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September 23, 2017

Ghost Dog: The Way of the Samurai

by Franz Patrick


Ghost Dog: The Way of the Samurai (1999)
★★★ / ★★★★

A mercenary named Ghost Dog (Forest Whitaker) is sent by his boss, Louie (John Tormey), who once saved his life in an alley, to kill Handsome Frank (Richard Portnow) because he is sexually involved with the daughter of a head mobster. The problem is, everyone had assumed that the girl, Louise (Tricia Vassey), was not going to be with Handsome Frank at the time of the murder. She witnesses the cold-blooded killing and Mr. Vargo (Henry Silva) is livid. The head mobster demands Louie to give up the man he sent to do perform the job or risk being killed himself.

“Ghost Dog: The Way of the Samurai,” written and directed by Jim Jarmusch, combines two sub-genres found in the opposite spectrum: gangster pictures and samurai film. What is created is an original and inspired product about what it means to be a killer but a man of honor, a recluse who is capable of connecting with others in unexpected ways.

It can be argued that the material is influenced by Quentin Tarantino’s work in that the writer-director is not afraid to allow individual scenes to run longer than they should. This is best captured during the scene when Louie is summoned by his superiors to discuss his source’s mistake and why he has to be neutralized. Louie sits on one side of the table, nervous but trying not to show it, and the other three do not even crack a smile. It starts off scary, then awkward, and, finally, sort of amusing. The mobsters think Ghost Dog’s name is inspired by rappers on television and the radio.

And then there are scenes that one might think should not be in the movie at all. After all, it is supposed to be about the hunt for the title character and, eventually, his choice on whether to fight back against those who have pushed him into a corner.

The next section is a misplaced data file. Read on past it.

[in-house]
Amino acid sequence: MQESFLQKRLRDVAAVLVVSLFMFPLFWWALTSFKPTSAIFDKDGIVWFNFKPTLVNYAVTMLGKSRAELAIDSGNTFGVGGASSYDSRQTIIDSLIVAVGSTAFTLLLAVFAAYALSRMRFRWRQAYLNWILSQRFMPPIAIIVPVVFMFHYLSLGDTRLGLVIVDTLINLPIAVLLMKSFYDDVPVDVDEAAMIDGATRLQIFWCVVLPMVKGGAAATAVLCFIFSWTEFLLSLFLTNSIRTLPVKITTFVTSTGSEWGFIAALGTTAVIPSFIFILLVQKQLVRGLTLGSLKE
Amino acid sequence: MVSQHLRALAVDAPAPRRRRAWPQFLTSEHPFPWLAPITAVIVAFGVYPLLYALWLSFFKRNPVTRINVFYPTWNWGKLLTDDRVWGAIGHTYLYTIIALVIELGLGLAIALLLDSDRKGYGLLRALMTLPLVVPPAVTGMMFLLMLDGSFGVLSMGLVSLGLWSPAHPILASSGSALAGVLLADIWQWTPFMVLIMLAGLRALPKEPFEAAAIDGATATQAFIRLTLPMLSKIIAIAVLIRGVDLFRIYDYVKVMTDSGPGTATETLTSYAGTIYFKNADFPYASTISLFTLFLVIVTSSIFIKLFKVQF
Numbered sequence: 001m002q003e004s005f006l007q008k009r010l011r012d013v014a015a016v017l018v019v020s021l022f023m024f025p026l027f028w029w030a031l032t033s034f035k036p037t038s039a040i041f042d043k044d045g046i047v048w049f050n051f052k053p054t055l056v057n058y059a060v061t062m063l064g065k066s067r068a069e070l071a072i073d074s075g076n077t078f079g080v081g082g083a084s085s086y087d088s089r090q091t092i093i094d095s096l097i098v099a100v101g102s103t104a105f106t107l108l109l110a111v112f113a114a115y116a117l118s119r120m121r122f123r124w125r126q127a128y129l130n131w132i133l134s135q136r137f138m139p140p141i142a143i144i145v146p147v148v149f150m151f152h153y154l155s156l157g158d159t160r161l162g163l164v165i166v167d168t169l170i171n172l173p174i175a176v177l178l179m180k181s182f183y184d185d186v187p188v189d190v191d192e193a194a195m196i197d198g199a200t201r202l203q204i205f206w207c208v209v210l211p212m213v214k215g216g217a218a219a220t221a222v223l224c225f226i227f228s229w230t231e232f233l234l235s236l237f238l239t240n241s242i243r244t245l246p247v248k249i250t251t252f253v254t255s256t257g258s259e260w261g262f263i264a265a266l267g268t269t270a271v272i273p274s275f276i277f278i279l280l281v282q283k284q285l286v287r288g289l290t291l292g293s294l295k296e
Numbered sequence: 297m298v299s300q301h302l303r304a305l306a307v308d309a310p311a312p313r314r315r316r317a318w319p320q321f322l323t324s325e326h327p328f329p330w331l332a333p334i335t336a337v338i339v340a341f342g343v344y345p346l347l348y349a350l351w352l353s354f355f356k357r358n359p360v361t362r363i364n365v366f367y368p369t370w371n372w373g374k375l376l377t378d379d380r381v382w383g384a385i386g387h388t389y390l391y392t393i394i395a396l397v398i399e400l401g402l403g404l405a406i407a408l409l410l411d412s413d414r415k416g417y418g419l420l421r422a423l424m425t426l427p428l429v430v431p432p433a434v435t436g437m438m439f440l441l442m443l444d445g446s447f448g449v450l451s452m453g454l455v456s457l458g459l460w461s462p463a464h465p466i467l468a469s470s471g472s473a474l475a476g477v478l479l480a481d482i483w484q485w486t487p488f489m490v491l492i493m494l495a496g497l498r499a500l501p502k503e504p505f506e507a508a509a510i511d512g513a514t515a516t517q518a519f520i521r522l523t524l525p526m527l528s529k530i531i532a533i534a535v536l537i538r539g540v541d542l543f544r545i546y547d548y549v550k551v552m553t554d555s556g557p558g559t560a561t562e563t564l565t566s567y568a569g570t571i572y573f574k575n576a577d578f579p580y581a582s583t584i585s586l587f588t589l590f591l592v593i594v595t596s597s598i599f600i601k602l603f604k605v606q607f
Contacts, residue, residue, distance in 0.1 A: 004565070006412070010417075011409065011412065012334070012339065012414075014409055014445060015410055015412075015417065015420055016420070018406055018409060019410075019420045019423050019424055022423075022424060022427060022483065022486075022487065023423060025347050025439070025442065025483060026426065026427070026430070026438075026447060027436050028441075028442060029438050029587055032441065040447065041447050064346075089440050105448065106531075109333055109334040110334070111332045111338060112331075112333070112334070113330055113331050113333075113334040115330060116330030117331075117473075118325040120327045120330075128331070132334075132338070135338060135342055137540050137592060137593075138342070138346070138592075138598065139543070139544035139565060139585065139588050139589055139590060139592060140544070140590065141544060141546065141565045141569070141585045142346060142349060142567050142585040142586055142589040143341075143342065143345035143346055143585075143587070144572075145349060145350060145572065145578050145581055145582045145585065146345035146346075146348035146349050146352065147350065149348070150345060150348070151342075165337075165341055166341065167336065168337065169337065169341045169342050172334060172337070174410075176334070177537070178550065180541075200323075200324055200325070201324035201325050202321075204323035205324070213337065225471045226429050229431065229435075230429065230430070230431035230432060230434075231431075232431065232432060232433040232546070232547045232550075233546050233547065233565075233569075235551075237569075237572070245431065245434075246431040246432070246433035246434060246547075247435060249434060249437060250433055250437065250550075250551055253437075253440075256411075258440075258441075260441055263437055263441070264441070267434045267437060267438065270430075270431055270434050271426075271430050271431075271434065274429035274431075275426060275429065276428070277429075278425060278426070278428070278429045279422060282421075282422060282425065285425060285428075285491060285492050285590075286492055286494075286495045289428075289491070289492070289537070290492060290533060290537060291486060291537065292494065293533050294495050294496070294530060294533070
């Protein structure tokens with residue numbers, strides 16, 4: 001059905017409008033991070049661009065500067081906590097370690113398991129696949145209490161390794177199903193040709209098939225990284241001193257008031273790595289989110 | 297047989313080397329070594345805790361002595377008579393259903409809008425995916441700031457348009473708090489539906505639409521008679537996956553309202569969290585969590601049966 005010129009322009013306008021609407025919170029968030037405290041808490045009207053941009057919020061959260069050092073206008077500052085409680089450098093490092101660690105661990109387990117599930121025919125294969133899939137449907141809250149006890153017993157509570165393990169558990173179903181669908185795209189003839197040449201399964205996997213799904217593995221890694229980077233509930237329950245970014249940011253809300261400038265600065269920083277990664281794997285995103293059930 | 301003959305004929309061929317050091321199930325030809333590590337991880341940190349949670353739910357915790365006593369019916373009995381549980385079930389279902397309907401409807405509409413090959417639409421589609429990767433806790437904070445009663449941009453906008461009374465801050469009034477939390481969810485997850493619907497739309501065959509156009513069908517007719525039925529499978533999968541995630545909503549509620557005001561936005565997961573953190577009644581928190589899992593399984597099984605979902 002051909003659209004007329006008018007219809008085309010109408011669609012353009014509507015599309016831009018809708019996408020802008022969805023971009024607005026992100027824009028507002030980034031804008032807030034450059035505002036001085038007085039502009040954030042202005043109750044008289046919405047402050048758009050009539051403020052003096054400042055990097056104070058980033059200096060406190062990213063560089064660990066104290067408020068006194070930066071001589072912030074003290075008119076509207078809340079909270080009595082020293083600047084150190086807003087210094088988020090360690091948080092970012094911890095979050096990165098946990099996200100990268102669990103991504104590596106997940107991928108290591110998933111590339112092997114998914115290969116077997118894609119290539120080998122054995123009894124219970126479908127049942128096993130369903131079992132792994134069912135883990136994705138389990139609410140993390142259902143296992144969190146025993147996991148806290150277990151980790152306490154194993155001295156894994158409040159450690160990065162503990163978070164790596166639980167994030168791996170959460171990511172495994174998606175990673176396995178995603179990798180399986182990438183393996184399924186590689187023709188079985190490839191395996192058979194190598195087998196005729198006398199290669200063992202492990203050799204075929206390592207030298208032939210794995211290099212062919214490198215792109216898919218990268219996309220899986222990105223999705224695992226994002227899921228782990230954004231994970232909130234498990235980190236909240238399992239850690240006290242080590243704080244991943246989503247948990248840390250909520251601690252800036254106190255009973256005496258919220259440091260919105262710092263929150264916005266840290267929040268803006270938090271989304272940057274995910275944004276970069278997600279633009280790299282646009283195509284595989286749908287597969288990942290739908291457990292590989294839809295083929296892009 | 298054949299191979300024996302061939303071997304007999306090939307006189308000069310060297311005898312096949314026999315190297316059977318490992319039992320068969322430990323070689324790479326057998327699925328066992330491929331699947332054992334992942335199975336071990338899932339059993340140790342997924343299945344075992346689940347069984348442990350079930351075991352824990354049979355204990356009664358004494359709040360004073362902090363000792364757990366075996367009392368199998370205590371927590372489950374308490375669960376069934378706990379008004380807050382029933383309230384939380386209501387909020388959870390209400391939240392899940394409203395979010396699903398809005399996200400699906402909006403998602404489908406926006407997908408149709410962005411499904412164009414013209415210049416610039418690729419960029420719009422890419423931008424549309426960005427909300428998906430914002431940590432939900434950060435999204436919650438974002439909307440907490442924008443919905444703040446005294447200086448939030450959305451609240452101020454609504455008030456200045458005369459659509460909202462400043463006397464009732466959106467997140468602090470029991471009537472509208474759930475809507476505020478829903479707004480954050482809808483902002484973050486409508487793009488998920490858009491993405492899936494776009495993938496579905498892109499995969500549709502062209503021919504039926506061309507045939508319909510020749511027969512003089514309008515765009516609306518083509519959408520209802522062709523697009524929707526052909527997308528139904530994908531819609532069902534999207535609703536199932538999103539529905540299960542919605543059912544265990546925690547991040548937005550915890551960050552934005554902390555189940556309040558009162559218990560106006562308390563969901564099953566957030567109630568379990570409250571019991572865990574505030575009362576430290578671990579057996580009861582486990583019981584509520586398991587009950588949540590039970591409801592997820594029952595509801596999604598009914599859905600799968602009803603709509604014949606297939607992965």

Ghost Dog meeting his best friend (Isaach De Bankolé), an ice cream man who speaks only French and does not understand English (nor does Ghost Dog understand a word of French), and a little girl named Pearline (Camille Winbush) allows us to get a feel and explore the hidden depths and alleys of a complicated character. Especially touching is his relationship with Pearline. As avid readers, they talk about and recommend each other books. Through this common interest, they are able to understand each other even though they come from very different age groups. He does not talk down to her.

I appreciated that the material chooses not to put the child in danger for the sake of getting a reaction out of Ghost Dog and the audience. Under more typical hands, she would have been kidnapped by the gangsters eventually and he would have had to rescue her. Instead, Pearline talking about the books stored in her lunchbox is enough to establish how much the main character values his relationship with her. Like the great samurai movies, it understands the art of restraint.

The violence, coupled with a lack of score or soundtrack, is suspenseful and efficient. Even though our protagonist is up against older gentlemen, there is danger because we get a sense that the men in suits know exactly what they are doing. I flinched every time a gun silencer exhales and the bullet punctures the target’s forehead. It shows violence for what it is.

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